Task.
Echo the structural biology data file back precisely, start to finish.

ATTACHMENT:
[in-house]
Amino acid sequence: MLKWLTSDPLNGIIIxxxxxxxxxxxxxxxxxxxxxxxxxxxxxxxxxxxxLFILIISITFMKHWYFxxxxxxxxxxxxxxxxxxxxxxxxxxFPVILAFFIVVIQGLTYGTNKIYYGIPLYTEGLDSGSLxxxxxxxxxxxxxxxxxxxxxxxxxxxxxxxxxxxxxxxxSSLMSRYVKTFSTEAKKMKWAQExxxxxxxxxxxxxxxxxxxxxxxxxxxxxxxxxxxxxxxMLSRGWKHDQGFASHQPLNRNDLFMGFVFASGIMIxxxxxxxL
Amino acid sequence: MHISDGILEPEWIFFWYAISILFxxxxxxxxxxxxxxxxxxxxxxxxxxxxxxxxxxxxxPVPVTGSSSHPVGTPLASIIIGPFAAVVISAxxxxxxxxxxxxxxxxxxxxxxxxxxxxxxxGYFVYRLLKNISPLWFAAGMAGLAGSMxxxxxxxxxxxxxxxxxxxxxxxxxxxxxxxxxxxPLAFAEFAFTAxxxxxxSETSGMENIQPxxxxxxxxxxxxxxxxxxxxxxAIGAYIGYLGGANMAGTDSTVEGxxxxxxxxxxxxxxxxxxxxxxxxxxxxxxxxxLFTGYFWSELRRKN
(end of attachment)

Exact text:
[in-house]
Amino acid sequence: MLKWLTSDPLNGIIIxxxxxxxxxxxxxxxxxxxxxxxxxxxxxxxxxxxxLFILIISITFMKHWYFxxxxxxxxxxxxxxxxxxxxxxxxxxFPVILAFFIVVIQGLTYGTNKIYYGIPLYTEGLDSGSLxxxxxxxxxxxxxxxxxxxxxxxxxxxxxxxxxxxxxxxxSSLMSRYVKTFSTEAKKMKWAQExxxxxxxxxxxxxxxxxxxxxxxxxxxxxxxxxxxxxxxMLSRGWKHDQGFASHQPLNRNDLFMGFVFASGIMIxxxxxxxL
Amino acid sequence: MHISDGILEPEWIFFWYAISILFxxxxxxxxxxxxxxxxxxxxxxxxxxxxxxxxxxxxxPVPVTGSSSHPVGTPLASIIIGPFAAVVISAxxxxxxxxxxxxxxxxxxxxxxxxxxxxxxxGYFVYRLLKNISPLWFAAGMAGLAGSMxxxxxxxxxxxxxxxxxxxxxxxxxxxxxxxxxxxPLAFAEFAFTAxxxxxxSETSGMENIQPxxxxxxxxxxxxxxxxxxxxxxAIGAYIGYLGGANMAGTDSTVEGxxxxxxxxxxxxxxxxxxxxxxxxxxxxxxxxxLFTGYFWSELRRKN